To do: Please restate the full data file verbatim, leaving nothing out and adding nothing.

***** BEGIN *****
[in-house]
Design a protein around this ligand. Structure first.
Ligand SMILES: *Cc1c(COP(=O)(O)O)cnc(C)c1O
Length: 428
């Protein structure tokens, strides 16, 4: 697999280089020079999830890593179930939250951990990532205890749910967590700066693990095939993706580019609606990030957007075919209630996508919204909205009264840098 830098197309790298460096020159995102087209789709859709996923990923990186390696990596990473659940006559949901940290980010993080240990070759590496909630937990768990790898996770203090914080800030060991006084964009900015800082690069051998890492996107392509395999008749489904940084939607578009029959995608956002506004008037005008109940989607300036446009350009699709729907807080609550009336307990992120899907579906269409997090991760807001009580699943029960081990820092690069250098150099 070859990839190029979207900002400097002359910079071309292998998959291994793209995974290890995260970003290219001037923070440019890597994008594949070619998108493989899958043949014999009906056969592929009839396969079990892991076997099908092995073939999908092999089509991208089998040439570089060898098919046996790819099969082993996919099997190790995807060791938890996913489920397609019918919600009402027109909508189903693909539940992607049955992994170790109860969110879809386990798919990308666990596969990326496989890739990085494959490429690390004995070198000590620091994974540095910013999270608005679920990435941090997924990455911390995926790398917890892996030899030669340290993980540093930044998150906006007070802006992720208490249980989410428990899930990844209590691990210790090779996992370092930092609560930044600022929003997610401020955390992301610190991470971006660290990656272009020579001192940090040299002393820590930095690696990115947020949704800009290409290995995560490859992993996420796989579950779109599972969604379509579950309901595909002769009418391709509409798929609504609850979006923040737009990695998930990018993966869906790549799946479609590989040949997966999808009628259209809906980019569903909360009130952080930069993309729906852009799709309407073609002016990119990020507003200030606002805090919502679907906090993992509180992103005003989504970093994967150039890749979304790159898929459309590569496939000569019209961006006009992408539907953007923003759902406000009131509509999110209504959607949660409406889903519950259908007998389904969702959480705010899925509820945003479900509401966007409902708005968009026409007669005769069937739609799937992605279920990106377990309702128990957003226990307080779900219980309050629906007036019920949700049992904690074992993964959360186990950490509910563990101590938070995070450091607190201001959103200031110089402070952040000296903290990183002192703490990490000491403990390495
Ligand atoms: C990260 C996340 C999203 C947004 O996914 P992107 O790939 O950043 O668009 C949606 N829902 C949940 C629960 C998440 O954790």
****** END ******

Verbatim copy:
[in-house]
Design a protein around this ligand. Structure first.
Ligand SMILES: *Cc1c(COP(=O)(O)O)cnc(C)c1O
Length: 428
């Protein structure tokens, strides 16, 4: 697999280089020079999830890593179930939250951990990532205890749910967590700066693990095939993706580019609606990030957007075919209630996508919204909205009264840098 830098197309790298460096020159995102087209789709859709996923990923990186390696990596990473659940006559949901940290980010993080240990070759590496909630937990768990790898996770203090914080800030060991006084964009900015800082690069051998890492996107392509395999008749489904940084939607578009029959995608956002506004008037005008109940989607300036446009350009699709729907807080609550009336307990992120899907579906269409997090991760807001009580699943029960081990820092690069250098150099 070859990839190029979207900002400097002359910079071309292998998959291994793209995974290890995260970003290219001037923070440019890597994008594949070619998108493989899958043949014999009906056969592929009839396969079990892991076997099908092995073939999908092999089509991208089998040439570089060898098919046996790819099969082993996919099997190790995807060791938890996913489920397609019918919600009402027109909508189903693909539940992607049955992994170790109860969110879809386990798919990308666990596969990326496989890739990085494959490429690390004995070198000590620091994974540095910013999270608005679920990435941090997924990455911390995926790398917890892996030899030669340290993980540093930044998150906006007070802006992720208490249980989410428990899930990844209590691990210790090779996992370092930092609560930044600022929003997610401020955390992301610190991470971006660290990656272009020579001192940090040299002393820590930095690696990115947020949704800009290409290995995560490859992993996420796989579950779109599972969604379509579950309901595909002769009418391709509409798929609504609850979006923040737009990695998930990018993966869906790549799946479609590989040949997966999808009628259209809906980019569903909360009130952080930069993309729906852009799709309407073609002016990119990020507003200030606002805090919502679907906090993992509180992103005003989504970093994967150039890749979304790159898929459309590569496939000569019209961006006009992408539907953007923003759902406000009131509509999110209504959607949660409406889903519950259908007998389904969702959480705010899925509820945003479900509401966007409902708005968009026409007669005769069937739609799937992605279920990106377990309702128990957003226990307080779900219980309050629906007036019920949700049992904690074992993964959360186990950490509910563990101590938070995070450091607190201001959103200031110089402070952040000296903290990183002192703490990490000491403990390495
Ligand atoms: C990260 C996340 C999203 C947004 O996914 P992107 O790939 O950043 O668009 C949606 N829902 C949940 C629960 C998440 O954790």